Fiction or Non-Fiction?

I do not see this question discussed very often on language learning forums.

What do you find to be more useful as language input; fiction (novels, plays, short stories etc) or non fiction?

It depends on your interests. The more interesting you find the content the more you’ll like it, and the more likely it is that you’ll continue studying it.

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I really agree.

Recently I have gotten addicted to Maigret novels, so I read as much of them as I can. The problem is that the vocabulary is quite old, and I’d imagine many of the words that are new to me are rarely ever used in daily conversations.

I’ve been trying to fill the gaps with the French versions of the “For Dummies” series. I’ve found that by the end of one I’ve learned much of the vocabulary necessary for a basic conversation on that particular subject.

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I love the Maigrets, a couple of years ago I was looking on craigslist for some French reading and I found a guy in town who was looking to get rid of two wine boxes full of them for next to nothing. I’ve got a whole bookshelf row of old Maigrets editions now, and I’ve read about a third of them. I would definitely recommend them for someone looking for their first adult French novel, and for anyone just for pleasure.

I also found a French Dummies book, ‘Le français correct pour les nuls’ a few months ago, and I’m slowly working my way through it. While there are definitely lots of interesting bits of information in it, on the whole I can’t say I’m particularly enjoying it. Once the novelty of being able to understand grammar concepts written in French wore off, all that remained was fairly mind-numbing grammar, just as instantly forgettable as anything I read in English.

As for your original question, I try to read an even amount of fiction and non-fiction, and have both on the go at the same time. Actually I don’t really try, I do it because I’ve always enjoyed reading both in my native language. For the same reason I haven’t read a lot of French plays, mainly because I’ve never really been fond of reading them in English.

Haha, you Canadians are lucky. Most I was able to find was a French translation of “Twilight” at the local used bookstore. No I did not buy it =p

I actually found a torrent with about four dozen Maigret E-Books. Its great how I can just import them straight into lingq.

I’ve done the same with a couple “pour les Nuls” that I’ve found online, too. I have not read any grammar or language instruction editions, but the ones that I have read I don’t regret reading. I have a history of Belgium that I downloaded I need to get around to reading. Someday I know understanding that country’s history will come in handy… somehow…

I don’t regret reading ‘pour les nuls,’ and I know I’m learning something, and that the feeling of forgetting everything immediately is mostly an illusion…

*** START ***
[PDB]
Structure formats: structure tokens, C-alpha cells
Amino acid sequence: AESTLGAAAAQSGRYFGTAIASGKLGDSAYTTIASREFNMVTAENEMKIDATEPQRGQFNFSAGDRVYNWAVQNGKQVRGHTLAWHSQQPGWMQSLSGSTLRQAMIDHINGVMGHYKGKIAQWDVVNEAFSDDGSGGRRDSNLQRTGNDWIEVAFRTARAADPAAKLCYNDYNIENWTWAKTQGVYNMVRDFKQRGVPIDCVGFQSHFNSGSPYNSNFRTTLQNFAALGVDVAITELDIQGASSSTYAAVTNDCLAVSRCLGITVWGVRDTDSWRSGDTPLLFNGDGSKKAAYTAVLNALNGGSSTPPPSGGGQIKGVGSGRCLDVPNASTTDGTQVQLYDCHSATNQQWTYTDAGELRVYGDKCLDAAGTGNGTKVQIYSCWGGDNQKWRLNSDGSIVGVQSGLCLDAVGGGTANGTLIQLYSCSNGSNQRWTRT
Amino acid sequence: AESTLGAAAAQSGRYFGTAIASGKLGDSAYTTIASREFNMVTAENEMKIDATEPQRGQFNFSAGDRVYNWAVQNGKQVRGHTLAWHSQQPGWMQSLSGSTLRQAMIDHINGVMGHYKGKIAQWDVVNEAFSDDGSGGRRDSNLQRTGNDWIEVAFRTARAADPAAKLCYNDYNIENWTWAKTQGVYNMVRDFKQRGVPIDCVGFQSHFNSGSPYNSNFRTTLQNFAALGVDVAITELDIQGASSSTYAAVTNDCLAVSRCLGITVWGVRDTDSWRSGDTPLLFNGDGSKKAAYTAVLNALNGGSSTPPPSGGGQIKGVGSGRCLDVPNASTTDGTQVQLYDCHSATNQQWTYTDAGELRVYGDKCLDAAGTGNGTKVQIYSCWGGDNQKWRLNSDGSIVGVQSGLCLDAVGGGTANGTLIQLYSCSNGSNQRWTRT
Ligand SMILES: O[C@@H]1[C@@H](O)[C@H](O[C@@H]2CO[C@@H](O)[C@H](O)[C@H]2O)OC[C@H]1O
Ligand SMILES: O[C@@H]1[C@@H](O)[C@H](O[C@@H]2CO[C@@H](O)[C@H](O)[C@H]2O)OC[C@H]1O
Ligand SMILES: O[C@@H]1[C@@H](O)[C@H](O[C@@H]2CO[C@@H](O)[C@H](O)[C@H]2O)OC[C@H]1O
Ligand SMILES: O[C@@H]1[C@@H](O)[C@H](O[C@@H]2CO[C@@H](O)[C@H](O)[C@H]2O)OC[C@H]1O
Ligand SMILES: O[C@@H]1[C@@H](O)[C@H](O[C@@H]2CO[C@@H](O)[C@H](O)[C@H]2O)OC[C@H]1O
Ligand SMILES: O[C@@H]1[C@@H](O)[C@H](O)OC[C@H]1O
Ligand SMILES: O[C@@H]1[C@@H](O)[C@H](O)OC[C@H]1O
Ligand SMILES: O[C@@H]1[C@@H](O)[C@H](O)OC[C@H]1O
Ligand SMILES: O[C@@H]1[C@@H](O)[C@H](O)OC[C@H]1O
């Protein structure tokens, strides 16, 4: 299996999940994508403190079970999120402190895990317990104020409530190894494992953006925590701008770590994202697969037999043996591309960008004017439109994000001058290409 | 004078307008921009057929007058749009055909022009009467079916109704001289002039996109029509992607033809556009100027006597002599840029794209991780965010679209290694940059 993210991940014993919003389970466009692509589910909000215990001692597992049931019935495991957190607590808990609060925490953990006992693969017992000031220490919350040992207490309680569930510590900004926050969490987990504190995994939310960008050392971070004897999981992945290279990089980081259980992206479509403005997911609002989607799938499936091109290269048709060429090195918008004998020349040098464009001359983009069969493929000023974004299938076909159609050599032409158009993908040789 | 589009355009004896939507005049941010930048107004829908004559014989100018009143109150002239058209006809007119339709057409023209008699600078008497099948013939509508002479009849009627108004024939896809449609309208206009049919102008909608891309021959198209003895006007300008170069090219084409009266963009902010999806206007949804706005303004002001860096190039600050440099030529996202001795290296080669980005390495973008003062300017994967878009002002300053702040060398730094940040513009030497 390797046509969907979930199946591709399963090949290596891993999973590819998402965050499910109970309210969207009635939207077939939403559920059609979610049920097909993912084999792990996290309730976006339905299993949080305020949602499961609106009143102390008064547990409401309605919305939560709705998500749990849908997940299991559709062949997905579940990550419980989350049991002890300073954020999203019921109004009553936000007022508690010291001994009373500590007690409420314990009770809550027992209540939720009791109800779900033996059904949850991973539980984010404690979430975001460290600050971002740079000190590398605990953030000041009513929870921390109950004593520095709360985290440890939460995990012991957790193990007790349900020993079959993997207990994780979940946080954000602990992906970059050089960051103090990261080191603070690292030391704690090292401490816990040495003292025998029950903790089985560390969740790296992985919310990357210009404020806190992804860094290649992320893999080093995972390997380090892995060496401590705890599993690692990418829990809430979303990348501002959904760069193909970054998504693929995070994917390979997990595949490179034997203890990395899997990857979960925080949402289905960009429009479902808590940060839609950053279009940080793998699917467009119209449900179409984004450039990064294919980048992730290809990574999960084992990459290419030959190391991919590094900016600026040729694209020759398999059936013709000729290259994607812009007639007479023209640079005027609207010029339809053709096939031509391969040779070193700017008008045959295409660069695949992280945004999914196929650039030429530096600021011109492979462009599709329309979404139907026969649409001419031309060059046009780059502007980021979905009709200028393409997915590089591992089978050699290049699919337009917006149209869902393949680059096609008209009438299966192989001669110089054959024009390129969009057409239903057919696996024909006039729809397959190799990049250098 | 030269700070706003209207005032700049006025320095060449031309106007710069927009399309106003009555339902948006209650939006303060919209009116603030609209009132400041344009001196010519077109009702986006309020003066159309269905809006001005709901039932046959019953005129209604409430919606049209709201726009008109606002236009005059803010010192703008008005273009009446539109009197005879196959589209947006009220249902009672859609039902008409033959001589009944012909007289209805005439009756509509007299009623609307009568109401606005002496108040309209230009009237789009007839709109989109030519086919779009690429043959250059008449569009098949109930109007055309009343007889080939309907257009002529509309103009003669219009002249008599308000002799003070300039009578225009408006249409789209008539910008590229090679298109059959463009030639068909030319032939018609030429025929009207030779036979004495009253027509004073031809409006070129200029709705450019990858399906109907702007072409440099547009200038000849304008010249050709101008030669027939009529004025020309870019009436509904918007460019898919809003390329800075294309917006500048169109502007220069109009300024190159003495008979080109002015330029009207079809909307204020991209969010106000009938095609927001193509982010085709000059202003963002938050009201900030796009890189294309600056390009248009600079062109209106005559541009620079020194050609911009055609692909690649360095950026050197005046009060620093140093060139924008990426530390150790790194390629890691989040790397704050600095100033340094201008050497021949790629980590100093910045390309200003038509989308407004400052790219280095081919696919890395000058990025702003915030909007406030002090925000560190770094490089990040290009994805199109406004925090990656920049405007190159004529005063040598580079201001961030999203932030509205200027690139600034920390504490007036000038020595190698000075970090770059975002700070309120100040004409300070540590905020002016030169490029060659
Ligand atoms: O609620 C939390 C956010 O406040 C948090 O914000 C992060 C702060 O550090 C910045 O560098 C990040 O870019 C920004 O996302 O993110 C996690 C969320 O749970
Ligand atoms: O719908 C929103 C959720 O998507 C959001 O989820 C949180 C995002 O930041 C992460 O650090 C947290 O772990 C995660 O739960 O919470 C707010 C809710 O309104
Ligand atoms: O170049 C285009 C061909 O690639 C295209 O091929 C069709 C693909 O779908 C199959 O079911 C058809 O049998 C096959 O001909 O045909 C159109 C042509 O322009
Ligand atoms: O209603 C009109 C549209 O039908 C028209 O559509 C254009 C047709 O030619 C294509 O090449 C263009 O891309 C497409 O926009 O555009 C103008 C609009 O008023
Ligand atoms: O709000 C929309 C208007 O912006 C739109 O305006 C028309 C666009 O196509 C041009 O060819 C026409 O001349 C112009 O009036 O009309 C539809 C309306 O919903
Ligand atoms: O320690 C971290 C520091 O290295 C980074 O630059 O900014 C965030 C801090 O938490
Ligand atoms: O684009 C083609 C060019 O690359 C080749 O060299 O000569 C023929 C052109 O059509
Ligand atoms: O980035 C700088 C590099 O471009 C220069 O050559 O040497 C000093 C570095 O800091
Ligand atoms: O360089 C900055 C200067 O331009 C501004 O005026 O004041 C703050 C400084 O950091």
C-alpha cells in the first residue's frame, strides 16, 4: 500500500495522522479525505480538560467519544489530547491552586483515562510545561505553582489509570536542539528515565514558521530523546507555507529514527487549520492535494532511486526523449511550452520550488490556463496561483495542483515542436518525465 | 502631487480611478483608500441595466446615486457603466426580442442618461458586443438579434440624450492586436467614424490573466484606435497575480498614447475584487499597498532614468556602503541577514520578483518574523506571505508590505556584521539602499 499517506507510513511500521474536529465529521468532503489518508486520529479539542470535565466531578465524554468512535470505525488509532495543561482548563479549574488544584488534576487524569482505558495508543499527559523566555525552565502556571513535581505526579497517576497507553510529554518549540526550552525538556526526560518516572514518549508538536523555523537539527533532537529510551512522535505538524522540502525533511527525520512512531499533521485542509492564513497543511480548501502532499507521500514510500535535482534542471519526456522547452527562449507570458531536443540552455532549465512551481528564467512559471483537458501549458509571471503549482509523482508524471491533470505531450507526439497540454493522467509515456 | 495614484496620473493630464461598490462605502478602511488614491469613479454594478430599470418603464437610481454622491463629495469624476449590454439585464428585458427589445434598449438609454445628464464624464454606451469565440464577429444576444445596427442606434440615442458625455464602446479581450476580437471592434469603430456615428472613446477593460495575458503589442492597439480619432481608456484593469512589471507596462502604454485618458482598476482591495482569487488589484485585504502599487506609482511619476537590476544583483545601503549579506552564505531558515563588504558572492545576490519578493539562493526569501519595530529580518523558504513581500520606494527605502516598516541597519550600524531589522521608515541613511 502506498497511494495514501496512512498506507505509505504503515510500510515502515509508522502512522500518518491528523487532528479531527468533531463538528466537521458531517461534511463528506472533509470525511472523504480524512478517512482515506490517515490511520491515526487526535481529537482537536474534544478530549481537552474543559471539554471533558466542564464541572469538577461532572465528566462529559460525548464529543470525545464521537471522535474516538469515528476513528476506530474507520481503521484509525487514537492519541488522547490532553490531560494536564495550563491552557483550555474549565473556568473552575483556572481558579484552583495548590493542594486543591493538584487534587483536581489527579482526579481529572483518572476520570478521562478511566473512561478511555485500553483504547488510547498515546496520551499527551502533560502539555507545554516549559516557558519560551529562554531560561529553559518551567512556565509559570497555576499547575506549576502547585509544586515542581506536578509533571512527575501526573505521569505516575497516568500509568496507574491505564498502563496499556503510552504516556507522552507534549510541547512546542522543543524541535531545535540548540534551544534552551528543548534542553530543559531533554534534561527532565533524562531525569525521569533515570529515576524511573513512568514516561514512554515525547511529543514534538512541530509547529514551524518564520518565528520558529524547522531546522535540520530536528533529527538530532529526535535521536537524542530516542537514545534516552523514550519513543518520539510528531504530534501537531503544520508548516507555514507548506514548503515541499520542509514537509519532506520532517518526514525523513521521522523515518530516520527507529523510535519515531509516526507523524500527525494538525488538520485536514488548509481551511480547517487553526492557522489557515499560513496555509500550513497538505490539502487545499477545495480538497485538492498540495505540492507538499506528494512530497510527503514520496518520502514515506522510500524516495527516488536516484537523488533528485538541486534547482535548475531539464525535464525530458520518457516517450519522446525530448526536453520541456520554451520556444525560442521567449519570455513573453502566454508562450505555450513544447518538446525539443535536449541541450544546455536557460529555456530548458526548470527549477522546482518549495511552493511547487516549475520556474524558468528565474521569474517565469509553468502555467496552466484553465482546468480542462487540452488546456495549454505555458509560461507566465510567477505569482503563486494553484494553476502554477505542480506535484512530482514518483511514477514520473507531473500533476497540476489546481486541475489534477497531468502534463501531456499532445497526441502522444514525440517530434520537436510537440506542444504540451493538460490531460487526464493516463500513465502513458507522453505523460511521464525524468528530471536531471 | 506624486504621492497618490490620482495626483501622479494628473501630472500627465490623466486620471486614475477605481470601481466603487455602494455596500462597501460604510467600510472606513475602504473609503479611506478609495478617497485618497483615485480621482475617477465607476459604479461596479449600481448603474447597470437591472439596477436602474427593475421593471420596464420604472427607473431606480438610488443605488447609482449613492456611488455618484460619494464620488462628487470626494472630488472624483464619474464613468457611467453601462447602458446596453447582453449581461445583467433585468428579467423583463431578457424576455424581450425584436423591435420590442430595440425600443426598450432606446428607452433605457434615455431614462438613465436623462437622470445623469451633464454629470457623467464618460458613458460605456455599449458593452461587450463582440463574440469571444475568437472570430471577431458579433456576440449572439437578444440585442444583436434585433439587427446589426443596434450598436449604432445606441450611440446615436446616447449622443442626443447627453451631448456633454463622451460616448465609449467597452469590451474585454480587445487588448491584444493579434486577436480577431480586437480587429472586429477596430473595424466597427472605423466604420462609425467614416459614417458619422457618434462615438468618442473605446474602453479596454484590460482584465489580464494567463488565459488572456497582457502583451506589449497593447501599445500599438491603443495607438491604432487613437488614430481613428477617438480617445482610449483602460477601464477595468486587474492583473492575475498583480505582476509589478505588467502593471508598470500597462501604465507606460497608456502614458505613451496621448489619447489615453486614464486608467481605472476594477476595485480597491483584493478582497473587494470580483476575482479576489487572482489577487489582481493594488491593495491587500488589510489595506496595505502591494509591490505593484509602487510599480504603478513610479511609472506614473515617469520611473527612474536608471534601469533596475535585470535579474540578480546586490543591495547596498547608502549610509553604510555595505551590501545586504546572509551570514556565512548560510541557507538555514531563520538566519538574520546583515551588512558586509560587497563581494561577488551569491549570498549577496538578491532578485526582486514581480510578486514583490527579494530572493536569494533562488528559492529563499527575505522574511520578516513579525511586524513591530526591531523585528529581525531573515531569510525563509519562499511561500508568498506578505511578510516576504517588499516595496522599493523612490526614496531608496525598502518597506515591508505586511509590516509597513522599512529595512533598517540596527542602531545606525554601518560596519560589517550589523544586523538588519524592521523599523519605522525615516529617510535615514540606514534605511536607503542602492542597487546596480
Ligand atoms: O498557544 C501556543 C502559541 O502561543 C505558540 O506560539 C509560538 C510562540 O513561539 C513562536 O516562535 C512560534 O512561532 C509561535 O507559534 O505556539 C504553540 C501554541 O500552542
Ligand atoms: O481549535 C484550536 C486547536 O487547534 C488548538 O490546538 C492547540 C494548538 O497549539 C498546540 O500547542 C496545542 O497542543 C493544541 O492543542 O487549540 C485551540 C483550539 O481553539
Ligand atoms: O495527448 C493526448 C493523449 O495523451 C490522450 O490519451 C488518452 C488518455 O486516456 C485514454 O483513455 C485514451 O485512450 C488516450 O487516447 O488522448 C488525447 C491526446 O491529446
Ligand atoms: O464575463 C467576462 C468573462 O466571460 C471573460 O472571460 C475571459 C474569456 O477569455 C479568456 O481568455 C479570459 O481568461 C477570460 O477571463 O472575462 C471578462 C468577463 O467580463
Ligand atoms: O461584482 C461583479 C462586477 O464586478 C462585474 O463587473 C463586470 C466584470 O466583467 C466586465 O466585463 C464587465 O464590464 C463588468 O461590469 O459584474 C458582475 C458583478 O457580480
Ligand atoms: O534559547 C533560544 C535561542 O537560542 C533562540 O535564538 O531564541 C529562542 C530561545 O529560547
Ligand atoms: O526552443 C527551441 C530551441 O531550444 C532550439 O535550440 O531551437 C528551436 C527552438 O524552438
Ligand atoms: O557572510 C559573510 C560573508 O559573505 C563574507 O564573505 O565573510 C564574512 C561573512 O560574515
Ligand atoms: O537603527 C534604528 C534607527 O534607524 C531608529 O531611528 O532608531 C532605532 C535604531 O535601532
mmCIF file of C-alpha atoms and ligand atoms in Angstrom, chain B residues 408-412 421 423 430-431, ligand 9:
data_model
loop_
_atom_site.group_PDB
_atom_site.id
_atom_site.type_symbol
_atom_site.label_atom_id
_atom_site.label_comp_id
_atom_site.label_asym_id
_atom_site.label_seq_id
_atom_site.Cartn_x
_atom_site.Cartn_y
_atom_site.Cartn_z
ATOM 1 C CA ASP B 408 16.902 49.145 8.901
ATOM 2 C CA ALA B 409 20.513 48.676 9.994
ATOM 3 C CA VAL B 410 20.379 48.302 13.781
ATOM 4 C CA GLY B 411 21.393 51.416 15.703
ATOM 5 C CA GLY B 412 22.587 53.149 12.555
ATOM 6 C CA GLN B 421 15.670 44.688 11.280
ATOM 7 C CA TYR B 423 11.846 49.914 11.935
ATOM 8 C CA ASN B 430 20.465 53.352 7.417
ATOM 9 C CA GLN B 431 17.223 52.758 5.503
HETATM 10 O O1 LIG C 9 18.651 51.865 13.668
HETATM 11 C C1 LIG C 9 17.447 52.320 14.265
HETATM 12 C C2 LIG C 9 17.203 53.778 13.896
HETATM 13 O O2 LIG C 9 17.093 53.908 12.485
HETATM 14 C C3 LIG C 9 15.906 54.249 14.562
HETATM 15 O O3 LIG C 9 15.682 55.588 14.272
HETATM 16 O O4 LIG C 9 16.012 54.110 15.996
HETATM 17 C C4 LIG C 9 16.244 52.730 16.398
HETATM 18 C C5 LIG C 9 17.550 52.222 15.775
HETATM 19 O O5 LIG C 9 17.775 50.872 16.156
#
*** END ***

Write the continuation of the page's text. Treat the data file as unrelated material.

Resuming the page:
If you could stomach it, I’d bet reading a Twilight book in French from cover to cover would do you no harm (at least not with your language learning :slight_smile: I once knew someone French who read a Twilight in English from cover to cover, and they improved (although it took them roughly nine months to finish it)

While I’m sure it’s definitely easier to find French literature at bargain prices up here, I often find that the American Amazon often has a lot of French books unavailable on the Canadian site, or they are able to ship them much faster (next day shipping as opposed to ‘one to two months’)

I saw a pretty good French Canadian/Belgium movie the other week, it was called ‘Congorama.’ I could definitely understand the Belgian French more than the Canadian, no contest.

I’m definetly going to check that movie out. I’ve seen a few Canadian bilingual movies taking place in Quebec, and its interesting seeing English and French used basically side by side. I can generally understand Canadian French, but there are certain Quebeker stand up comics who use some word play that I can’t get my head around. In my mind seperating Belgian French and French French is a bit like seperating the two main North American English dialects (proper US English and proper Canadian). There are a few peculiarities between the two that make a difference, but nothing big.

Yeah, aside from one part where the Belgian main character played by Olivier Gourmet says ‘septante-neuf,’ I don’t recall anything else jumping out at me, not really even his accent. (I’ve heard stranger French accents in movies from France) I’m hoping to watch it again in a year, and see if I can recognize more Belgian peculiarities. Although since the movie was written and directed by a French Canadian, there might not actually be too many.

I’ve been thinking for a while that it might be a good idea to start counting in tens, and ignore the basque influence on French in that regard (Basque counts all numbers in 20s). I would just tell people I speak Belgian French!

@djvlbass where did you find all of those E-books I’m interested in trying to read them one day.

I get most of my French downloads from smartorrent.com

Obviously, if you are new to torrent sites, I’d reccomend you take care to scan the files before downloading, and overall to proceed at your own risk.